Australian Foreign Minister Tried to Stop Assyrian Genocide Monument

12/20/2009 6:12:00 AM
Approved Assyrian Genocide Monument in Sydney Australia

The Foreign Minister, Stephen Smith, attempted to intervene personally in the approval of a monument commemorating the contested Assyrian genocide after being lobbied by the Turkish Government.

But his advice was ignored by Fairfield Council and the 4.5-metre statue to be built in Edensor Park was approved.

In a strongly worded fax sent to the Mayor of Fairfield, Nick Lalich, Mr Smith urged the council to consider diplomatic consequences. ''Under Australian law, whether or not Fairfield City Council supports the construction of such a monument is a matter for the council,'' Mr Smith wrote.

''However, I must impress upon you in the strongest possible terms that the construction of such a monument would run the very grave risk of causing significant tension in the Australia-Turkey relationship, and for this reason I request that the proposed construction not proceed.''

Elsewhere in the fax, Mr Smith urged Mr Lalich to delay the approval vote, carried successfully last Tuesday, so that the Department of Foreign Affairs and Trade could give the council a full briefing.

''Australia does not intervene in the historical debate,'' Mr Smith wrote. ''The Australian Government acknowledges the terrible loss of lives from the many communities at that time, the effect this has had on subsequent generations, and their identity, heritage and culture.''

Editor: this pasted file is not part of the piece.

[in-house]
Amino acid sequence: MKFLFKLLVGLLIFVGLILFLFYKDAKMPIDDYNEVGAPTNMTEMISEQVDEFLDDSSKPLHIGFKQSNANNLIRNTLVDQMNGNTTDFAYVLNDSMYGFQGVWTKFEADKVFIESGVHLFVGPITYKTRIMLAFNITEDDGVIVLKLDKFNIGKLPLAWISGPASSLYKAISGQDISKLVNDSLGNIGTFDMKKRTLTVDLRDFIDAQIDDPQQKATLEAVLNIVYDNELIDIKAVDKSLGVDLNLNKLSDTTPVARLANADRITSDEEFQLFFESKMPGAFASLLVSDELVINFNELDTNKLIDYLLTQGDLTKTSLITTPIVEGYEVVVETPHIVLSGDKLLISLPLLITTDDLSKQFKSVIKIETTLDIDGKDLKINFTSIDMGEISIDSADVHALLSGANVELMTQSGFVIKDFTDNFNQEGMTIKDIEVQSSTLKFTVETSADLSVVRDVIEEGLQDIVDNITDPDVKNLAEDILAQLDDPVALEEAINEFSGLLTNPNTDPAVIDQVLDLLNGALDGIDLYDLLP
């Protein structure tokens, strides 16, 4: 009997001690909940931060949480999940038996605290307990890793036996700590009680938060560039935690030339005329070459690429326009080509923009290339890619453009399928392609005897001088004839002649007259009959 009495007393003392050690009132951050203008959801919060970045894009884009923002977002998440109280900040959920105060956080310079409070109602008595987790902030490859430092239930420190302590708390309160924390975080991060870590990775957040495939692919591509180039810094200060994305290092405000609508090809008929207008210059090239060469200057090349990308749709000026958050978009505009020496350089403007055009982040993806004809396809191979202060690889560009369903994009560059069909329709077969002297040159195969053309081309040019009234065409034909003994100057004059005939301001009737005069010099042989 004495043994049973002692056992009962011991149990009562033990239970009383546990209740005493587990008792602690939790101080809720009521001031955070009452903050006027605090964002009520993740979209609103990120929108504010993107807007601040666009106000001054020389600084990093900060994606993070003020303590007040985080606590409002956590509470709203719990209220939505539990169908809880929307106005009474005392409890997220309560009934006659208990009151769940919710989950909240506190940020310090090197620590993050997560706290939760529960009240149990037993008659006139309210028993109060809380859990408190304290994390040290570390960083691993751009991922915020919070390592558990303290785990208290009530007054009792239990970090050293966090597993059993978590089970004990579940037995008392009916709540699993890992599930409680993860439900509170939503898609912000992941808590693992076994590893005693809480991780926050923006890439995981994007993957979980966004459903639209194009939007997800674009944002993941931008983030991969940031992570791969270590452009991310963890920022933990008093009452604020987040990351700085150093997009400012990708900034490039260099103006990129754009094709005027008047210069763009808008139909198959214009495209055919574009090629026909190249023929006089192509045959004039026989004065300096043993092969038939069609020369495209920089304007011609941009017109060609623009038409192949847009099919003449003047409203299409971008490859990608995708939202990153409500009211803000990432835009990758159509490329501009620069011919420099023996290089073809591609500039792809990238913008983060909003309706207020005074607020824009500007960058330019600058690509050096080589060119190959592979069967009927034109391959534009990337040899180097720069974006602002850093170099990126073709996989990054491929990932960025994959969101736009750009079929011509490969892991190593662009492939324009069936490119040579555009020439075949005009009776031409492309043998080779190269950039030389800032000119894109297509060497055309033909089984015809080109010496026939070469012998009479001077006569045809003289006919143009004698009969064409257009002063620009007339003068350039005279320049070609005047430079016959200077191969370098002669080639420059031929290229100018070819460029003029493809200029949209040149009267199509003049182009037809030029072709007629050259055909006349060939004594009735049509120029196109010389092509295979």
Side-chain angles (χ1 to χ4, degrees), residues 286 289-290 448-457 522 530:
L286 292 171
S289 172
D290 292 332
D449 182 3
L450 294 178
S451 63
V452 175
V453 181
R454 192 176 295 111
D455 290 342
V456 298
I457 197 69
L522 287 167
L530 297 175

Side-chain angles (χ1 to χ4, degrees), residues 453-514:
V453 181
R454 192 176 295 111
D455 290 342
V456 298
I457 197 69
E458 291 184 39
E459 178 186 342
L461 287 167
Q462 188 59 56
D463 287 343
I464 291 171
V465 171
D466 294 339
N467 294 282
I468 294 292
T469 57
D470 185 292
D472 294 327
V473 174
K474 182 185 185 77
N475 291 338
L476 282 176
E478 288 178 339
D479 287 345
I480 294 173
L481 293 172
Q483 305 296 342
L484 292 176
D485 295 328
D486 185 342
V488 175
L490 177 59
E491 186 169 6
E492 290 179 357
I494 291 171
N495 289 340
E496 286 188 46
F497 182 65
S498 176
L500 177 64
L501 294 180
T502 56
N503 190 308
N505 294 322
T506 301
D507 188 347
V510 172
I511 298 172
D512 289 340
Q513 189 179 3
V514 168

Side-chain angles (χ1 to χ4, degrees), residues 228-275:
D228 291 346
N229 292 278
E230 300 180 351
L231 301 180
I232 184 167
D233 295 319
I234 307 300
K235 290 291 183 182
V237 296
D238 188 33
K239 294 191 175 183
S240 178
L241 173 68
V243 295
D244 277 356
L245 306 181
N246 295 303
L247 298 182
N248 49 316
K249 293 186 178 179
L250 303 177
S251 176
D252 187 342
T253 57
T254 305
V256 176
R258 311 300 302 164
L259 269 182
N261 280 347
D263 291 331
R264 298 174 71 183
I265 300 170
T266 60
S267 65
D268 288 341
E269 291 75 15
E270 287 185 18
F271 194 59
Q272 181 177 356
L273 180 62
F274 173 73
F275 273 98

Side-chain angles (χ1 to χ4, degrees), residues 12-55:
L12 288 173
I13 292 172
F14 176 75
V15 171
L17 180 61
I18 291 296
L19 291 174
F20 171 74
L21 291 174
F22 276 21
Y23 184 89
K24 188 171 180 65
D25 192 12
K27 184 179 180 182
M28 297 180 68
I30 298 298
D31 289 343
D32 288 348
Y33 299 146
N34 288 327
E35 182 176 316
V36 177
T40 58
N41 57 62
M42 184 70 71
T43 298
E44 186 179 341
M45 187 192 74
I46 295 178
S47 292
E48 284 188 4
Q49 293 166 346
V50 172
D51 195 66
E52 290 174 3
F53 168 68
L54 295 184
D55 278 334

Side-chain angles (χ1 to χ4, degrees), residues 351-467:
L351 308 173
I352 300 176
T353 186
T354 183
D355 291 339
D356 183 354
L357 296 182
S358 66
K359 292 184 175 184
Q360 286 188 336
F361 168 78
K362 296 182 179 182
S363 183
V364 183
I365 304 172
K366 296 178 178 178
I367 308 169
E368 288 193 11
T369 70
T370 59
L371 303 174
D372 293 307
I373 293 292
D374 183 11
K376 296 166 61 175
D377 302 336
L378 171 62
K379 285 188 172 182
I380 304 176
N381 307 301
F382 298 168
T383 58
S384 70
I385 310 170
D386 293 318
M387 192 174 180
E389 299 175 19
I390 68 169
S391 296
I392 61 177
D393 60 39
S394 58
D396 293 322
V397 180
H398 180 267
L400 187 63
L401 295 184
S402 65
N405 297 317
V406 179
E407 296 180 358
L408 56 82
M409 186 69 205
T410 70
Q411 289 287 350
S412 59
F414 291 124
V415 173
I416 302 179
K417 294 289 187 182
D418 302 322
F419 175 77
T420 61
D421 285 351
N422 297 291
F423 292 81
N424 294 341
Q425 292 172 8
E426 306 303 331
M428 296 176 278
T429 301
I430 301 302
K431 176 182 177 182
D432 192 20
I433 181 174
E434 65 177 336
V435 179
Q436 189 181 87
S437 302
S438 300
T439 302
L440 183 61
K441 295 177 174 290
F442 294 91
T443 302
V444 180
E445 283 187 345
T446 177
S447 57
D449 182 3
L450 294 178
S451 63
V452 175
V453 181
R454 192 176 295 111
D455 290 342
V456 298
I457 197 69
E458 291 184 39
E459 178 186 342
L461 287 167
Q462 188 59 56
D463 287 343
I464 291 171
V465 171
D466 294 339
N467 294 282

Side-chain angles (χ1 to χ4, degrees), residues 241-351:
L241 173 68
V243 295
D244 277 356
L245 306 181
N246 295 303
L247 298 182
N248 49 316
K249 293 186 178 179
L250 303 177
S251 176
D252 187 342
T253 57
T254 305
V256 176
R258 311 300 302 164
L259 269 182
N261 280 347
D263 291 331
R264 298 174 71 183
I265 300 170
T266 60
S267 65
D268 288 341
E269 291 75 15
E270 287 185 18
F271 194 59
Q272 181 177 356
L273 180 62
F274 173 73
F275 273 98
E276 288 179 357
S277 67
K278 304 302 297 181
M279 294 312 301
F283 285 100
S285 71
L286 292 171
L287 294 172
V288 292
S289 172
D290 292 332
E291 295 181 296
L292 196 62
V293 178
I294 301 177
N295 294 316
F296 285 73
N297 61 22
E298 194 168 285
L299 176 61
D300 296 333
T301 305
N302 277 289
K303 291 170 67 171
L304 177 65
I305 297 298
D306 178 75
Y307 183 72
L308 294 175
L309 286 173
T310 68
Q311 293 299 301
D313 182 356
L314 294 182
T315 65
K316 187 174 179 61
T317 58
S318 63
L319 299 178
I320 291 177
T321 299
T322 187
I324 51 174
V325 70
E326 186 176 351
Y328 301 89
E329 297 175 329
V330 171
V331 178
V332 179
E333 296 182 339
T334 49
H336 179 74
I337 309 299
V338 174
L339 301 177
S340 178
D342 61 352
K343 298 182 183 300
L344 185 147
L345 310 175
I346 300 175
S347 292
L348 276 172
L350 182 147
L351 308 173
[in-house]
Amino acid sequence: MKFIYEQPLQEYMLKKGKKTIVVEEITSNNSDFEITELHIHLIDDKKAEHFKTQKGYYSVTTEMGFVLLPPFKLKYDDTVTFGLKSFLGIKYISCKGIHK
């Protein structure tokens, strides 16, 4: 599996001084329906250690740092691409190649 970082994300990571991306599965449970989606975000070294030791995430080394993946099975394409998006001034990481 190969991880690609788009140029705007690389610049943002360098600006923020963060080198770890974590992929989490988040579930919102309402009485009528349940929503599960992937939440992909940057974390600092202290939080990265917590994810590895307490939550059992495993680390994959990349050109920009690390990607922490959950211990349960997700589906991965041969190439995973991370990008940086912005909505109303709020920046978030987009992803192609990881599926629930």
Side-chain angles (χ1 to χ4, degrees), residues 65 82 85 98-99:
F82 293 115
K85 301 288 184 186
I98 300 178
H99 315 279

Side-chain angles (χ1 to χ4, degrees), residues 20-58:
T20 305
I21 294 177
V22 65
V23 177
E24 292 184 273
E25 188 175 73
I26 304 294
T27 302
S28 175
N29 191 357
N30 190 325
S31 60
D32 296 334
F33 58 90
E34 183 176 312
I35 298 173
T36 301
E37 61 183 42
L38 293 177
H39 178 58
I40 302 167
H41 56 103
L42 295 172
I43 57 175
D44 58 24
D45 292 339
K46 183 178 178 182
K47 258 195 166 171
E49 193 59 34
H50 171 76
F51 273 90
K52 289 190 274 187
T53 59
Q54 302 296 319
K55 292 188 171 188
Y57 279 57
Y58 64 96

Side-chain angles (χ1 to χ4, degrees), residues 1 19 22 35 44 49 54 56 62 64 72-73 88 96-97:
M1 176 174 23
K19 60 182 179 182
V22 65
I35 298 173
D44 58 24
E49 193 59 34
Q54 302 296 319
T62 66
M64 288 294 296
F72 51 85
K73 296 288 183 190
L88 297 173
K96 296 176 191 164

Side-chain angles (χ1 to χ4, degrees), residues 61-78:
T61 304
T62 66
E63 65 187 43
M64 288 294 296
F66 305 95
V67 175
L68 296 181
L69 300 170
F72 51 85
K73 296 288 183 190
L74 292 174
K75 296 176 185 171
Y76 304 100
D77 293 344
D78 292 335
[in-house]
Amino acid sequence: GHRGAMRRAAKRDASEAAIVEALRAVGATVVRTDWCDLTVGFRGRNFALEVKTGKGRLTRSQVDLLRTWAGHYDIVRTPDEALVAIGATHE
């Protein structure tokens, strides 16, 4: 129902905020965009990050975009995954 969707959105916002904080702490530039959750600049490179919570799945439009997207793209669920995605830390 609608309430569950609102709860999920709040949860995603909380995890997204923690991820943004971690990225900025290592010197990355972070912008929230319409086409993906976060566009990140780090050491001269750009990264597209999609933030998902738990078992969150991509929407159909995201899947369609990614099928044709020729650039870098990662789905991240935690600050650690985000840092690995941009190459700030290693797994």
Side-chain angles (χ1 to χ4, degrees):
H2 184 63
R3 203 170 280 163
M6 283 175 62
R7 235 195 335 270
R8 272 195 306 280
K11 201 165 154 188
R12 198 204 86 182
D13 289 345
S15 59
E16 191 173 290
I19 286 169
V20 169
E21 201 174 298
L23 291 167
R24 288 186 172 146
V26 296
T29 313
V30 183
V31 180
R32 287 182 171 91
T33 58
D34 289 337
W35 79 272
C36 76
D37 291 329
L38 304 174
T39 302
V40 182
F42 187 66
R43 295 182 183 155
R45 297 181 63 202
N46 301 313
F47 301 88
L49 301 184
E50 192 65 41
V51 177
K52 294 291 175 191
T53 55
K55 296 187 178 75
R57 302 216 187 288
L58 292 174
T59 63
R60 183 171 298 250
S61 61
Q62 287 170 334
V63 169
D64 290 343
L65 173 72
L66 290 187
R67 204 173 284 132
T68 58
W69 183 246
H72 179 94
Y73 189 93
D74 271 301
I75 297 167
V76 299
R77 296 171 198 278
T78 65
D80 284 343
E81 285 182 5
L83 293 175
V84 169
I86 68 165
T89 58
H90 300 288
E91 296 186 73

The councillor who moved the motion, Anwar Khoshaba, said the fax was not read out at the meeting but was given to councillors before the vote.

''It was unanimous. There was no discussion. Nothing,'' he said. ''I don't think local government is intervening in international affairs. This is something for the local area,'' Cr Khoshaba said.

''This is something people asked for and we approved it. We approved a statue in Parramatta for the Vietnamese. This is no different. Stephen's letter indicated this was a council matter. The council disagreed with him.''

Mr Smith's intervention came as riot police separated hundreds of Turkish and Assyrian protesters outside the council meeting last week.

The Local Government Association formally recognises that genocide was perpetrated against the Assyrians after World War I, but neither the NSW nor federal governments have acknowledged the claim and it is disputed by Turkey.

''We should not be intimidated by the Turk and let their politics pressure us,'' the Australian regional secretary of the Assyrian Universal Alliance, Hermiz Shahen, said of Mr Smith's intervention.

''We are not trying to insult anybody but this has an effect for us. We cannot build this monument in Turkey or in Iraq. We are doing it here because we are stateless people.''

A spokeswoman for Mr Smith said the minister was unhappy with the council's actions. ''Ultimately it is a decision for the council,'' she said yesterday. Neither Cr Lalich nor the Turkish ambassador returned the Herald's calls last night.